All of that can be overwhelming. Very few Americans can financially recover from significant medical bills, making medical debt the number one reason people in the U.S. file for bankruptcy. That doesn’t have to be you, though. The laws of Florida allow you to hold the person who caused your injuries responsible for them and to seek monetary damages to compensate you for both financial and non-financial losses that you’ve suffered because of that person’s negligence through a personal injury lawsuit. But you generally only have four years from the date of your accident to file your suit, so contact an attorney as soon as possible.
How an Experienced Truck Accident Attorney Can Help
You might be wondering if you even need an attorney to help you recover your damages. Without equivocation, that answer is yes. Personal injury cases can be complicated at every stage—from determining who is at fault and thus should be a defendant in the suit (especially tricky in falling cargo cases) to ascertaining the amount of damages you should seek. You can also rest assured that anyone you file suit against will lawyer up (if it’s a company, they’ll likely already have a team on staff who has fought these kinds of battles before and knows exactly what they’re doing). You do not want to enter that fight alone.
How to Choose a Truck Accident Attorney
Once you’ve decided that you don’t want to attempt to litigate your personal injury claim alone, how should you go about choosing an attorney to represent you? You’ve probably seen a multitude of attorneys advertising their services, so how do you select the one to help you through something as important as a personal injury lawsuit? There are three important things that you should consider before you retain anyone to represent you.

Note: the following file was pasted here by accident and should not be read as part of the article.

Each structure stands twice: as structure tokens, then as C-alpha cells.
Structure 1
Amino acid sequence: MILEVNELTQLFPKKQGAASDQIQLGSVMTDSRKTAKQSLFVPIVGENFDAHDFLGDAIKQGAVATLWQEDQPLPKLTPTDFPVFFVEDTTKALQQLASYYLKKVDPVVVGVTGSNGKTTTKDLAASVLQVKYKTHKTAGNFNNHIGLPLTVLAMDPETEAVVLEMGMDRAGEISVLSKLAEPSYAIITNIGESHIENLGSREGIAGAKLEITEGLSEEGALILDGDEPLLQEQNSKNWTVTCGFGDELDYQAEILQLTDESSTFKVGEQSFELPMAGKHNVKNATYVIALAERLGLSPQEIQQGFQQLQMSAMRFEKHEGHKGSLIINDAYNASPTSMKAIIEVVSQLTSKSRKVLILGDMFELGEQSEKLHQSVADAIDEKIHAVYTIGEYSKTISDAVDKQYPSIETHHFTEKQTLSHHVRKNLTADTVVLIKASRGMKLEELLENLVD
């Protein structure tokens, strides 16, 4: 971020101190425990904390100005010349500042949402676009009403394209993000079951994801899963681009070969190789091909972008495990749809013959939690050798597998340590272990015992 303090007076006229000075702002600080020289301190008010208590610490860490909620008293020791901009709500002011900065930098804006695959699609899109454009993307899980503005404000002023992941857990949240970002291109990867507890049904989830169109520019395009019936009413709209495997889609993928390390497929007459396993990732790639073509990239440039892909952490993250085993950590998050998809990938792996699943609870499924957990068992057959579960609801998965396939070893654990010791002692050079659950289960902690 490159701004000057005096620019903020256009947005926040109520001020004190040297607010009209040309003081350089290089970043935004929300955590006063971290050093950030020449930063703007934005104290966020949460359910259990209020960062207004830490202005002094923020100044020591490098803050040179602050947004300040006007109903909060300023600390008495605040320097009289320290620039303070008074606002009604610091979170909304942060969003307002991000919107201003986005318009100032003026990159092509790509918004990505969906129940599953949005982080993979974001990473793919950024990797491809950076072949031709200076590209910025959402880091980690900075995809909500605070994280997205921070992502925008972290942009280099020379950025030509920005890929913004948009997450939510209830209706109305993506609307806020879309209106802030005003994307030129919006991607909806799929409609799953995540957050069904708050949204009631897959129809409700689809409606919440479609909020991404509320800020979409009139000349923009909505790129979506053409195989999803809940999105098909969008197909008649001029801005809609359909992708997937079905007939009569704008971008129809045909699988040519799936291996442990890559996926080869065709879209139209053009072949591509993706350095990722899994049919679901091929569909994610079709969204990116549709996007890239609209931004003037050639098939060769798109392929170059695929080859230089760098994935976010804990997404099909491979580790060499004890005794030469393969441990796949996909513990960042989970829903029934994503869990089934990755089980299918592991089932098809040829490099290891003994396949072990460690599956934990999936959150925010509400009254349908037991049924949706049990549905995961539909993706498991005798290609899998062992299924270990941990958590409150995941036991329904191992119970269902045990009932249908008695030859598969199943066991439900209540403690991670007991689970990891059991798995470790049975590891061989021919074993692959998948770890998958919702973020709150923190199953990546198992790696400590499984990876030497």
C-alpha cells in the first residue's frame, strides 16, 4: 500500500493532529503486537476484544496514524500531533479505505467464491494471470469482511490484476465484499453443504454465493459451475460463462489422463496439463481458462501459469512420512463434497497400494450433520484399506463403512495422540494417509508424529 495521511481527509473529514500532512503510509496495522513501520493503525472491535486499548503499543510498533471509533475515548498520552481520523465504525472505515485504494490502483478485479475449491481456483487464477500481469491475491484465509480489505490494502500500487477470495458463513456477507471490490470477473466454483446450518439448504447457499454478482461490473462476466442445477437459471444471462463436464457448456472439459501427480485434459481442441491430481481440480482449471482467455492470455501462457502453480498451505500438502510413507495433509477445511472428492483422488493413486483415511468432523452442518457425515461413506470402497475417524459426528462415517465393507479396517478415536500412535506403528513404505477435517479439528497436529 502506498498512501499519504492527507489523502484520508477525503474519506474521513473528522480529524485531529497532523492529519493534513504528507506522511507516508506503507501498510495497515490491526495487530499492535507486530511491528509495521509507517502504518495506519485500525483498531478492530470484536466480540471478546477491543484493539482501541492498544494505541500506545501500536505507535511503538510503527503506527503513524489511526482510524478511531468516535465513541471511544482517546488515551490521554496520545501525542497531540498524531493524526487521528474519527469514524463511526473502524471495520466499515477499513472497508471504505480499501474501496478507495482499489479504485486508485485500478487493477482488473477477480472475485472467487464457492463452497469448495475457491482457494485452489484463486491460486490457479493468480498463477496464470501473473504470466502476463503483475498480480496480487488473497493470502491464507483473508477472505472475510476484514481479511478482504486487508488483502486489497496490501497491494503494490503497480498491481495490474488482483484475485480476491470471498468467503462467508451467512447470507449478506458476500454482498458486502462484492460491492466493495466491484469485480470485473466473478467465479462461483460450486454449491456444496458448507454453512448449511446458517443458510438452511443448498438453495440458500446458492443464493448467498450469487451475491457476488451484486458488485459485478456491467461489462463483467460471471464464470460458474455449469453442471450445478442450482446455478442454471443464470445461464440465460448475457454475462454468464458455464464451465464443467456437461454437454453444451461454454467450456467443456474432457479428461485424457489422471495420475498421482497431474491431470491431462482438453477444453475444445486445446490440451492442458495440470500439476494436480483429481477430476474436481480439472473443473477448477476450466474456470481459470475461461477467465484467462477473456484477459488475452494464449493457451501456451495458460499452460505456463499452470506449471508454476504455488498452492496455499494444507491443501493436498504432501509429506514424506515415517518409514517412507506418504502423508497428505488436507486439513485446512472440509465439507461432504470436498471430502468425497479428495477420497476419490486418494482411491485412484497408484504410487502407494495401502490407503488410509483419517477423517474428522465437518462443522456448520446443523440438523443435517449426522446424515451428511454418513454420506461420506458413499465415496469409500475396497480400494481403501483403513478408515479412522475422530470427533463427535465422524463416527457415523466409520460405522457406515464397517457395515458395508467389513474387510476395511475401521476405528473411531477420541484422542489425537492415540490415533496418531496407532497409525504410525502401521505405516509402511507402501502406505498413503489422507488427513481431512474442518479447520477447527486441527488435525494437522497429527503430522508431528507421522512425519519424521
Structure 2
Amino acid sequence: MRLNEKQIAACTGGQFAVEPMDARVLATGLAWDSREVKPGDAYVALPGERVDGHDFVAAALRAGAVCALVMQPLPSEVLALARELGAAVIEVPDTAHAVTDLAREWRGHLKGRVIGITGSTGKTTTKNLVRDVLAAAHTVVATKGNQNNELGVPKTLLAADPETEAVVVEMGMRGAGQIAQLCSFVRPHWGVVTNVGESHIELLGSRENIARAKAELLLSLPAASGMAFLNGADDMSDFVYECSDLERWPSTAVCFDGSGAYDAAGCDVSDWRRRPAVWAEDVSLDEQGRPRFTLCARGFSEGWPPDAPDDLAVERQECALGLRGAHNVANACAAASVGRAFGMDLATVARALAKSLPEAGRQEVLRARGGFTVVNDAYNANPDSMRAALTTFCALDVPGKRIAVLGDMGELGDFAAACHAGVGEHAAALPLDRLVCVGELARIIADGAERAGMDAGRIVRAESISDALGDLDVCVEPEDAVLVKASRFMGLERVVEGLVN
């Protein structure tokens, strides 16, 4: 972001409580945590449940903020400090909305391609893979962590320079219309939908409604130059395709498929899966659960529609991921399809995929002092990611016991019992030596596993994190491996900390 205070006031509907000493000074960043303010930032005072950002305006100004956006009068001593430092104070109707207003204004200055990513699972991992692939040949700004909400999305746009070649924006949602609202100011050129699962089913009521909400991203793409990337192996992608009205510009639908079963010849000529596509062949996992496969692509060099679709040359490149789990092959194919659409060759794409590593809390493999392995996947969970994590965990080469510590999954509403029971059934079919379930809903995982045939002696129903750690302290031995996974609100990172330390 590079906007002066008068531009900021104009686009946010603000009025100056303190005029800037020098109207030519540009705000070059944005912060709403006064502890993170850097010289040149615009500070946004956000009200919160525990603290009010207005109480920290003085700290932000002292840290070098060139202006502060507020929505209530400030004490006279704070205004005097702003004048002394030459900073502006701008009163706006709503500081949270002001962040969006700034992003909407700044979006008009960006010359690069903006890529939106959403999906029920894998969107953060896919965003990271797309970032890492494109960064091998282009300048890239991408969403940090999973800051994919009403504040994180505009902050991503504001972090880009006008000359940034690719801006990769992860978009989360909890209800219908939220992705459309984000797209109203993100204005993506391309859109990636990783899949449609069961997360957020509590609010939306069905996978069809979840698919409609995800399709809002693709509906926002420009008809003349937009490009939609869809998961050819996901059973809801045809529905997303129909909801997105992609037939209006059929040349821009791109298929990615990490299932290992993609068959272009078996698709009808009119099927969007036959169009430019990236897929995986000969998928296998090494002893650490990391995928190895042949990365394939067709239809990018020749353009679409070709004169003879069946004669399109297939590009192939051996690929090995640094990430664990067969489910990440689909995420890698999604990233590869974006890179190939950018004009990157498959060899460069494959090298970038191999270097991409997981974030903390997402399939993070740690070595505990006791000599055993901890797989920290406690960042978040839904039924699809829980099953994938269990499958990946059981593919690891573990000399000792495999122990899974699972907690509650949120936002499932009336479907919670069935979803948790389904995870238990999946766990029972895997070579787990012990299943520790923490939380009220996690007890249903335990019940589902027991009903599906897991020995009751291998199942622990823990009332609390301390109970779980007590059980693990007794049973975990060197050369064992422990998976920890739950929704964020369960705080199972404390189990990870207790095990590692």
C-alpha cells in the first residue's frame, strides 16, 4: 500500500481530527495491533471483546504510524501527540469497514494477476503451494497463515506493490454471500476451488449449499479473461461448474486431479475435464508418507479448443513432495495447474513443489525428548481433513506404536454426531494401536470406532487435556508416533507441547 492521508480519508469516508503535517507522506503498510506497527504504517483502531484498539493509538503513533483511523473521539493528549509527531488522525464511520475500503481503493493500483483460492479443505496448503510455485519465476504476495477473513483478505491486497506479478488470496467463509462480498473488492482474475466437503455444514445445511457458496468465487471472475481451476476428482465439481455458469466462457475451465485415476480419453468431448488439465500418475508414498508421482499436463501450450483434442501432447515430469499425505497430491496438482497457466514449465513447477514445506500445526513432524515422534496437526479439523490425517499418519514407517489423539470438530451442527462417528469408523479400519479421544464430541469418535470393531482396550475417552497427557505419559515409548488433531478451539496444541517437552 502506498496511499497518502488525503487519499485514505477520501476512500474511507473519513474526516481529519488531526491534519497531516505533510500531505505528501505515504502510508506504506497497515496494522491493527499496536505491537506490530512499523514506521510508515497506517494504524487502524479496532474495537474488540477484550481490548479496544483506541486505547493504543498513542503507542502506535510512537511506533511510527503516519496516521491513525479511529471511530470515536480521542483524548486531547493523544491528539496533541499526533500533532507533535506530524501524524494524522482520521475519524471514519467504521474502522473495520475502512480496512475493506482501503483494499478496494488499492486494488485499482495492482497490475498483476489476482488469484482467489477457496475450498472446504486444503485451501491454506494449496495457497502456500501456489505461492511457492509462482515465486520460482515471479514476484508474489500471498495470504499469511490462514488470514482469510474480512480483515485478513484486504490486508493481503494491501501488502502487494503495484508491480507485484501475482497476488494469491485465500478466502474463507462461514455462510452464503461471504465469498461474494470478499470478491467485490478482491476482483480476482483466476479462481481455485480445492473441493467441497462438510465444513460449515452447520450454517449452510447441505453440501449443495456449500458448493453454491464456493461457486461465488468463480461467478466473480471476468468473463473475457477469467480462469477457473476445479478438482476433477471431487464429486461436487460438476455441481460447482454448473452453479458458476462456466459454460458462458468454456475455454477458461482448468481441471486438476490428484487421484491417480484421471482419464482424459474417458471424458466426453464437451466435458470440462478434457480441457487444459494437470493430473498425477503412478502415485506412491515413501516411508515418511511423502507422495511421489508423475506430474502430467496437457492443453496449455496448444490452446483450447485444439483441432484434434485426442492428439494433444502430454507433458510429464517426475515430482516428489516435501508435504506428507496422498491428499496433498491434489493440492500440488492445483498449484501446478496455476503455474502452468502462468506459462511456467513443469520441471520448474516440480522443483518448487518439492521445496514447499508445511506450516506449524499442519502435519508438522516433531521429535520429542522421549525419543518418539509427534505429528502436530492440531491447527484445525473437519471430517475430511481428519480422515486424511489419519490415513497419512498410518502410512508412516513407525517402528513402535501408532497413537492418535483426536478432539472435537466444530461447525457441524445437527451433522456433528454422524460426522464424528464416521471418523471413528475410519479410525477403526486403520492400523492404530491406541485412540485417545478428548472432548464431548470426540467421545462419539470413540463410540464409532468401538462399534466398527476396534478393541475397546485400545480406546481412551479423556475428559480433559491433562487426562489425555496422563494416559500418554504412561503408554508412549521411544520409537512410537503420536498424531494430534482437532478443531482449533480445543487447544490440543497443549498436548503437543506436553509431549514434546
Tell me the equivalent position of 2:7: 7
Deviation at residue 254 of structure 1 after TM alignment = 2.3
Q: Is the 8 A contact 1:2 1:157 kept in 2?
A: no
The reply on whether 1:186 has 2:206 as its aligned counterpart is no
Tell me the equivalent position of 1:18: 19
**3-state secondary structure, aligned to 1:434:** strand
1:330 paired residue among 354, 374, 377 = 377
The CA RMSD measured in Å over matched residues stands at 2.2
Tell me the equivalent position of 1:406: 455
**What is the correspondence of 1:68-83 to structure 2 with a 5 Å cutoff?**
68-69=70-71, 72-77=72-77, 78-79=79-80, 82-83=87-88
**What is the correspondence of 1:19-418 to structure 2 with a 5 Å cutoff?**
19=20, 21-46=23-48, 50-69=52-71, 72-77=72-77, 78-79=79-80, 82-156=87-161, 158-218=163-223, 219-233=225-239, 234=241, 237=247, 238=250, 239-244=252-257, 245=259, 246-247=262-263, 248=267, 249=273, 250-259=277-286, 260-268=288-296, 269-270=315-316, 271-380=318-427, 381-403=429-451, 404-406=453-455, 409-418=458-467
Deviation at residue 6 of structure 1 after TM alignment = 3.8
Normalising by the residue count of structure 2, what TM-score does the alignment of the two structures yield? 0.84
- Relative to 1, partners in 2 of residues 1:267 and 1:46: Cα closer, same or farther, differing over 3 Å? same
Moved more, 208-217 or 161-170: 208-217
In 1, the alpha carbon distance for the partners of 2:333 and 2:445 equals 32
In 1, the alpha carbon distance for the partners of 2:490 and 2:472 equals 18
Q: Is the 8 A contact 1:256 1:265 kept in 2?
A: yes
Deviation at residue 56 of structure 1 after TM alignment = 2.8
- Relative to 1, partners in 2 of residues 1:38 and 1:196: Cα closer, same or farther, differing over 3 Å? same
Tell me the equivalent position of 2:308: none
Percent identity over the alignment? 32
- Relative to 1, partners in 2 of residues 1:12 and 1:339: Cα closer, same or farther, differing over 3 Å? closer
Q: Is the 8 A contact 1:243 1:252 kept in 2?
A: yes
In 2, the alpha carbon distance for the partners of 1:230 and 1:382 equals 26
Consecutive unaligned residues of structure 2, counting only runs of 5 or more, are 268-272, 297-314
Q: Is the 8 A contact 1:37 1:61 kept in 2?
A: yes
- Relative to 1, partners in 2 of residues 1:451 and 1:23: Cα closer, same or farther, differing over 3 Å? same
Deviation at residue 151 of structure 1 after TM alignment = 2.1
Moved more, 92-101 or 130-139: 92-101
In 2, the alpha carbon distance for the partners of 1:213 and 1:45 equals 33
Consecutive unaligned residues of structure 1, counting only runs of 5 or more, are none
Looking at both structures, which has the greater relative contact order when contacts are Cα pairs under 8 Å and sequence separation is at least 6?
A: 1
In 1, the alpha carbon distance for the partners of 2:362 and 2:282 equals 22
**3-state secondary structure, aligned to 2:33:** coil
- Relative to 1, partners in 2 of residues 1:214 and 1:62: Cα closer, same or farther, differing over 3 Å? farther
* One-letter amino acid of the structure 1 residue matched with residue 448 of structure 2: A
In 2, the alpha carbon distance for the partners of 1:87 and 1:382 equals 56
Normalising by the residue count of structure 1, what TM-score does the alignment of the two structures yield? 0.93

- Look at the experience of the attorney. While all attorneys have to make it through law school and the grueling ordeal that is the bar exam, after that, the similarities end. Basically, anyone can begin a practice the day he or she passes the bar and thus begin taking cases. But in personal injury cases, experience matters, and not just general experience. You need someone who will be able to competently handle your case from filing to jury verdict, if your case doesn’t settle out of court. Seek someone who has not just handled personal injury cases, but has handled your specific type of case. Think of lawyers as similar to doctors, they all have areas of the law that they focus on, and you would not want a criminal defense attorney representing you in a personal injury lawsuit, just as you would not want a podiatrist to operate on your brain. Trust your case to someone who knows what they’re doing, understands the area of law that your case involves, and has the skills necessary to know how to fight for every dollar you deserve.
- Get a feel for the attorney’s reputation in your local legal community. Fancy TV advertisements do not indicate an attorney’s experience or ability. Fortunately, the Internet has made it pretty simple to figure out how your attorney is thought of, both by former clients and other attorneys practicing in your community. Yahoo! and Google reviews are helpful, and Avvo is the number one website for ranking and reviewing lawyers.
- Finally, look at your lawyer’s team. Personal injury suits are not one-man shows. You need a team of people on your side. These cases require investigators to look for evidence and interview witnesses. The amount of paperwork associated with personal injury cases is pretty staggering, so you need paralegals and legal secretaries who can stay on top of court-required filings to ensure that your documents are submitted on time and in accordance with court procedures. Your case may also require the services of any number of expert witnesses to testify about your complex medical issues, serve as an accident reconstruction specialist, or conduct a financial analysis of the amount of future earnings your injuries have cost you. A competent truck accident attorney will know which professionals will benefit your case and how to seek them out.
Contact a Florida Truck Accident Attorney if You Need More Information
A truck accident involving falling cargo can devastate your life. No two cases are exactly the same, and while no attorney can guarantee a specific result in your case, look for someone who can put the weight of their extensive experience, superior legal knowledge, and true compassion behind your case.